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Costa Rica's Tax Reform Saga Enters Second Act

by Mike Godfrey,, Washington

16 August 2006

Costa Rica's legislators have once again begun to discuss the vexed question of reforming the country's taxation system, although it would appear likely that the same problems that blocked the former fiscal reform bill for four years could hinder the progress of the new proposals.

Little detail is known of the new bill, introduced into the Legislative Assembly last week, but it seems that the new tax plan is a mixture of the old one, which includes reforms to the income tax system and a new system of value-added tax, and new proposals championed by the recently-elected President Oscar Arias designed to redistribute wealth from rich to poor through such mechanisms as a real estate tax on luxury properties and a 0.5% financial transactions tax.

A move towards a form of worldwide taxation system, whereby income earned abroad but brought into Costa Rica, is also included in the bill. Currently, Costa Rica taxes only income derived from within its borders.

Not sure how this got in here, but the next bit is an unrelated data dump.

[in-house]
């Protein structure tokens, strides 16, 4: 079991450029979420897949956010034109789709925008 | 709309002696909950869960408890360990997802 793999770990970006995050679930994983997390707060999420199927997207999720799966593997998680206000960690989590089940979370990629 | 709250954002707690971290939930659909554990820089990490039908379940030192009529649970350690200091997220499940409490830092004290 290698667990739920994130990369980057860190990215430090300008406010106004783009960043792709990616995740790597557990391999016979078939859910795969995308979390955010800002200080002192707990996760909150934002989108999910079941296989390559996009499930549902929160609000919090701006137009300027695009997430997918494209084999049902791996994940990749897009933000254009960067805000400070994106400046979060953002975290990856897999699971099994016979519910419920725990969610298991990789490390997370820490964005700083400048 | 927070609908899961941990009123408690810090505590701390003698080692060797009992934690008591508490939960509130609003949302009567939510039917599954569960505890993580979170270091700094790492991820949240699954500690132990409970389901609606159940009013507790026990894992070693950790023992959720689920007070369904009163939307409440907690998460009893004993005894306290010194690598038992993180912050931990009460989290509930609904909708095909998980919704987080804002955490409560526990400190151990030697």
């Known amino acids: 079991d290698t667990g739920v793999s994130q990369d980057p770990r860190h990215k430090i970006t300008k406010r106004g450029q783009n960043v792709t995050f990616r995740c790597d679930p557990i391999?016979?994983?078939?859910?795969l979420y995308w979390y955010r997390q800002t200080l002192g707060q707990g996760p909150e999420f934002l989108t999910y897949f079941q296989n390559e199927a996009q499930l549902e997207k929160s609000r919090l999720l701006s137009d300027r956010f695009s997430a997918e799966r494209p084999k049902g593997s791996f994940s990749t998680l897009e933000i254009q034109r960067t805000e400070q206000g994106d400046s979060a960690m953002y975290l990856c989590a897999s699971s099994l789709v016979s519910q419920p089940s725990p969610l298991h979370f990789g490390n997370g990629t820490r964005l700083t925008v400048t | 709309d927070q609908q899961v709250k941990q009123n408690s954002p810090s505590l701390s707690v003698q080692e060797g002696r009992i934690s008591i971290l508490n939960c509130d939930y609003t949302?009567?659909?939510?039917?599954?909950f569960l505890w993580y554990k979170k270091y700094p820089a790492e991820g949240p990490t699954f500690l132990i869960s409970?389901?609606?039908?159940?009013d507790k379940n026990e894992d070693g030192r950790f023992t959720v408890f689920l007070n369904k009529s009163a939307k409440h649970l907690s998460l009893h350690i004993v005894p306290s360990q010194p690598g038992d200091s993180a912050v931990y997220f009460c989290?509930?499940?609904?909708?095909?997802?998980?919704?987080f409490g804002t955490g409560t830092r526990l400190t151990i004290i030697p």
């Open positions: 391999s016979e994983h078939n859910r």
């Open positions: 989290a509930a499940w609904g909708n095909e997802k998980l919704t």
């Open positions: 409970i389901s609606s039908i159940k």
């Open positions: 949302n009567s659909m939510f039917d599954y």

Originally, the Permanent Fiscal Reform Package, introduced under the government of former president Abel Pacheco in 2002, sought to raise an additional $500 million in tax revenue to help the government close its fiscal deficit and meet its debt obligations. The package, seen by many as an investment-killing bill, had many opponents in the assembly, and various delaying tactics were used to slow its progress.

The bill itself was eventually killed off shortly before the presidential elections earlier this year when the Sala IV constitutional court ruled that supporters acted illegally in the Legislative Assembly by creating new procedures to "fast track" priority legislation, including the tax bill.

However, Arias, rather than introducing a simplified version of the bill, as was expected after he was elected in February, has given lawmakers a nine-part monster to mull over, meaning that the legislative process is likely to be similarly protracted as under Pacheco. Arias's new proposals are also only likely to entrench opposition from pro-business lawmakers.

Moreover, with the Legislative Assembly facing a packed schedule - lawmakers are also attempting to repair a botched Immigration Bill, while the all important CAFTA free trade deal remains to be dealt with - the tax reform saga is likely to be prolonged for some time to come.

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